“OK, LET’S DRINK some beer,” our tour guide Matt says, pulling six-packs from a walk-in cooler and distributing bottles among tables in the hospitality/tap room of August Schell Brewing Company.
But before we pour and swig, our bartender instructs us to fill our plastic cups only to the black line, meaning we’ll get about 1 ½ ounces of beer per sample.
On this steamy summer day, the beer goes down fast among the adults who’ve just toured this second oldest family brewery in the United States.
Schell’s has been a New Ulm mainstay since 1860, this year celebrating 150 years in the beer business. That fact surfaces repeatedly during the tour and during the beer tasting session when we are served Hopfenmalz, an amber lager style beer selected by popular vote as the company’s 150th anniversary beer. Matt also passes out other Schell’s beers like Hefeweizen, Pils and Dark, which “isn’t heavy in any way,” but earns the name because of its dark color, he says.
Given the “dark” label, I wouldn’t have tried this beer. Our guide is right, though. Schell’s Dark doesn’t taste dark and this is a beer even I’ll drink.
A sip of Hefeweizen, however, causes me to screw up my face and wish I could toss the sample. Instead, I grab another cup, abandoning the beer “with a beautiful balance of cloves and banana flavors.” I prefer bananas in banana bread, not beer, thank you.
That aside, I’ve enjoyed this historic tour of the brewery tucked in the woods along the banks of the Cottonwood River. The site was carefully selected by August Schell, the flour mill machinist turned brew master, for its natural beauty, artesian springs and riverside location.
Schell was recreating his home in Durbach, Germany, our guide says. I don’t ask, but from what I know of this area in the 1860s, few trees grew here, not exactly like the Schwarzwald back in Deutschland. Perhaps that explains why Matt later tells us that Schell brought pines here from the Black Forest.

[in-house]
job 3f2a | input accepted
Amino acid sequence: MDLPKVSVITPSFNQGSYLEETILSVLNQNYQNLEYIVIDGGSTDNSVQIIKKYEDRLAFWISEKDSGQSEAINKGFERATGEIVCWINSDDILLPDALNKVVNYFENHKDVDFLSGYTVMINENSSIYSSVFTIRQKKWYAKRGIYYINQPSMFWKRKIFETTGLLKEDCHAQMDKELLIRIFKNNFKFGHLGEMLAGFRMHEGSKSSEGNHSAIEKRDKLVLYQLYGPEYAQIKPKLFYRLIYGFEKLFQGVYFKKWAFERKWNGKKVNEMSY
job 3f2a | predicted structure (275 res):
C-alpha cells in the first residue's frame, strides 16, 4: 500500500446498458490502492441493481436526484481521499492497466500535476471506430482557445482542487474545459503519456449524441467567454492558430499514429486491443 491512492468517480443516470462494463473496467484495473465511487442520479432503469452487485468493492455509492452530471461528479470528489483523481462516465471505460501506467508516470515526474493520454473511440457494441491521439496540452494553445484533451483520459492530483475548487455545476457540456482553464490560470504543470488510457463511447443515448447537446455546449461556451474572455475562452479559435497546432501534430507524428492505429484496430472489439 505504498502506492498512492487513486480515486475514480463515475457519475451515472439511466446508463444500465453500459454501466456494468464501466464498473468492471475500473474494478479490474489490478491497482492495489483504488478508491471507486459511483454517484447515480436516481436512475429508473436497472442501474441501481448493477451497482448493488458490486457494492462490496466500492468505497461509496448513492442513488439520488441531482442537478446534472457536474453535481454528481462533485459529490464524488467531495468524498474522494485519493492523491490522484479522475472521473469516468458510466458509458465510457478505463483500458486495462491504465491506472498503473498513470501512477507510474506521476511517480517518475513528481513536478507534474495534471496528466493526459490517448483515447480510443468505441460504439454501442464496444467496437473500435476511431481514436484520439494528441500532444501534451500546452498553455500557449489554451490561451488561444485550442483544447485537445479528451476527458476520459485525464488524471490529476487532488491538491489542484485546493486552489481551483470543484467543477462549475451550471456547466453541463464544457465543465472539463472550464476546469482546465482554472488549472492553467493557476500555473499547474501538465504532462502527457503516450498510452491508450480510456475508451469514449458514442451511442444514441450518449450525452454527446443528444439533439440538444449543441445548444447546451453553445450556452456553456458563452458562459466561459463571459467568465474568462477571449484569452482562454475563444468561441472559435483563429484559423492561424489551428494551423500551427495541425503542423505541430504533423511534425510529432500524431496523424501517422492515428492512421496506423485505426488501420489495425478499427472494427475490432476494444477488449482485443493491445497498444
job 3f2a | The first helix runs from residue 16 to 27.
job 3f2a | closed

He also informs us that caves were hand-dug under the brewery, into the hill and under our feet. We are standing on a paved area between two old brick homes and the original family home, now the current-day corporate office. Beer and ice, harvested from the Cottonwood River, were stored in the caves.
Disappointingly (but understandably), we don’t see any of today’s modern beer-making operation, only Schell’s traditional 1860s brew house, used until 1999. Here we view a hand-hammered copper vessel, Sud Kessel, purchased for $25,000 in 1895. It holds 3,500 gallons of beer, which translates to 38,000 12-ounce bottles or cans. Now that’s a lot of beer.
But you can’t buy any beer at the brewery, our guide says, because it’s against the law to sell it on-grounds. The samples and a 12-ounce glass of beer or Schell’s 1919 root beer come with the $3 tour fee.
Plenty of history also comes with the guided tour and a visit to the company museum.
Among the more interesting facts I learned are these:
- After the death of her husband, Emma Marti ran the brewery for six years until 1940. As our guide emphasizes, for a woman to run a brewery in that time period certainly ranked as unique. Perhaps Schell’s ought to name a beer in Emma’s honor. Or have they?
- Company bylaws allow only the Schell’s president to live in August Schell’s on-site retirement mansion. Because he wants his privacy, current president Ted Marti lives elsewhere, Matt says. The home was last occupied in the 1990s. (Umm, I wouldn’t mind living in a mansion.)
- Schell’s changes its “Snowstorm” beer recipe annually. The reason: “There are no two Minnesota snowstorms alike and therefore we are going to change our ‘Snowstorms’ every year,” Matt tells us, quoting president Marti. Ah, Mr. Marti, you clearly know your Minnesota winters as well as you know your beers.
SCHELL’S WILL HOST a two-day 150th birthday celebration, Schellabration, on September 17 and 18. During that event, you can see areas of the brewery not typically seen on the regular tours.
WHAT’S WITH ALL the white-tailed deer at the brewery? Revisit Minnesota Prairie Roots for the answer and for photos and an idea I have related to those deer.
© Copyright 2010 Audrey Kletscher Helbling